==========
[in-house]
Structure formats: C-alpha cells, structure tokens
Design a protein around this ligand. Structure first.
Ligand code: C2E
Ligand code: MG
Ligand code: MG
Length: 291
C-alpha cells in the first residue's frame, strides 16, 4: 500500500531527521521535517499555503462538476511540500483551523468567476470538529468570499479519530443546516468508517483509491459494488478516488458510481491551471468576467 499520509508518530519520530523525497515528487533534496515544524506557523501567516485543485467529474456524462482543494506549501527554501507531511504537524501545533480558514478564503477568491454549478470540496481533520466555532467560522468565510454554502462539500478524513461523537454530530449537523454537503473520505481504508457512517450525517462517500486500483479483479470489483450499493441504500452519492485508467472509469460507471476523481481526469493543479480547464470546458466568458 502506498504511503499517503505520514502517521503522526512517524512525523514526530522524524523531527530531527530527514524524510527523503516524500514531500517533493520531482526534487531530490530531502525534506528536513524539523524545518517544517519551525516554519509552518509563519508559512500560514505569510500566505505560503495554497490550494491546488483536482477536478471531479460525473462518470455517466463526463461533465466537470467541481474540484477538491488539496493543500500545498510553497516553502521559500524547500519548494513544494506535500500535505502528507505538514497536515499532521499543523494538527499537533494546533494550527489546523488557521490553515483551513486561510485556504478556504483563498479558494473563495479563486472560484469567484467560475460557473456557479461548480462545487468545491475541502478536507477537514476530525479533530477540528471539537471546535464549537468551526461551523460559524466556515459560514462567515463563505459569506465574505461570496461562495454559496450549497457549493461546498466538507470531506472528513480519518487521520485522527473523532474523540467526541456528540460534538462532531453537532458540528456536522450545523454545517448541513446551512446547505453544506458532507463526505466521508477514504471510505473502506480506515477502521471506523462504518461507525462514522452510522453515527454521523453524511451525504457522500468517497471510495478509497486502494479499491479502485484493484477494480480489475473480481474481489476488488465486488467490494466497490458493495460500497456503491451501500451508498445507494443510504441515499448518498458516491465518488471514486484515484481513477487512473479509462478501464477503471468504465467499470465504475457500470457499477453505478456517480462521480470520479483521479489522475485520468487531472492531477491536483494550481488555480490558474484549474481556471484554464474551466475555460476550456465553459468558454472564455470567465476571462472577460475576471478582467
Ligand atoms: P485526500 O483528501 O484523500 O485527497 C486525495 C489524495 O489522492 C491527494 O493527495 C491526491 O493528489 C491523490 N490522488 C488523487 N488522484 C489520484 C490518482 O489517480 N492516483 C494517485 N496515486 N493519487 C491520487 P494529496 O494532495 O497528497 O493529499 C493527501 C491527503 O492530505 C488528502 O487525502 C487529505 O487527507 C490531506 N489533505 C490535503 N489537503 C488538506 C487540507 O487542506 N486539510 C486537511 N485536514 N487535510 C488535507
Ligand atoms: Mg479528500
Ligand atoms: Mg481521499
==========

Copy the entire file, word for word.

[in-house]
Structure formats: C-alpha cells, structure tokens
Design a protein around this ligand. Structure first.
Ligand code: C2E
Ligand code: MG
Ligand code: MG
Length: 291
C-alpha cells in the first residue's frame, strides 16, 4: 500500500531527521521535517499555503462538476511540500483551523468567476470538529468570499479519530443546516468508517483509491459494488478516488458510481491551471468576467 499520509508518530519520530523525497515528487533534496515544524506557523501567516485543485467529474456524462482543494506549501527554501507531511504537524501545533480558514478564503477568491454549478470540496481533520466555532467560522468565510454554502462539500478524513461523537454530530449537523454537503473520505481504508457512517450525517462517500486500483479483479470489483450499493441504500452519492485508467472509469460507471476523481481526469493543479480547464470546458466568458 502506498504511503499517503505520514502517521503522526512517524512525523514526530522524524523531527530531527530527514524524510527523503516524500514531500517533493520531482526534487531530490530531502525534506528536513524539523524545518517544517519551525516554519509552518509563519508559512500560514505569510500566505505560503495554497490550494491546488483536482477536478471531479460525473462518470455517466463526463461533465466537470467541481474540484477538491488539496493543500500545498510553497516553502521559500524547500519548494513544494506535500500535505502528507505538514497536515499532521499543523494538527499537533494546533494550527489546523488557521490553515483551513486561510485556504478556504483563498479558494473563495479563486472560484469567484467560475460557473456557479461548480462545487468545491475541502478536507477537514476530525479533530477540528471539537471546535464549537468551526461551523460559524466556515459560514462567515463563505459569506465574505461570496461562495454559496450549497457549493461546498466538507470531506472528513480519518487521520485522527473523532474523540467526541456528540460534538462532531453537532458540528456536522450545523454545517448541513446551512446547505453544506458532507463526505466521508477514504471510505473502506480506515477502521471506523462504518461507525462514522452510522453515527454521523453524511451525504457522500468517497471510495478509497486502494479499491479502485484493484477494480480489475473480481474481489476488488465486488467490494466497490458493495460500497456503491451501500451508498445507494443510504441515499448518498458516491465518488471514486484515484481513477487512473479509462478501464477503471468504465467499470465504475457500470457499477453505478456517480462521480470520479483521479489522475485520468487531472492531477491536483494550481488555480490558474484549474481556471484554464474551466475555460476550456465553459468558454472564455470567465476571462472577460475576471478582467
Ligand atoms: P485526500 O483528501 O484523500 O485527497 C486525495 C489524495 O489522492 C491527494 O493527495 C491526491 O493528489 C491523490 N490522488 C488523487 N488522484 C489520484 C490518482 O489517480 N492516483 C494517485 N496515486 N493519487 C491520487 P494529496 O494532495 O497528497 O493529499 C493527501 C491527503 O492530505 C488528502 O487525502 C487529505 O487527507 C490531506 N489533505 C490535503 N489537503 C488538506 C487540507 O487542506 N486539510 C486537511 N485536514 N487535510 C488535507
Ligand atoms: Mg479528500
Ligand atoms: Mg481521499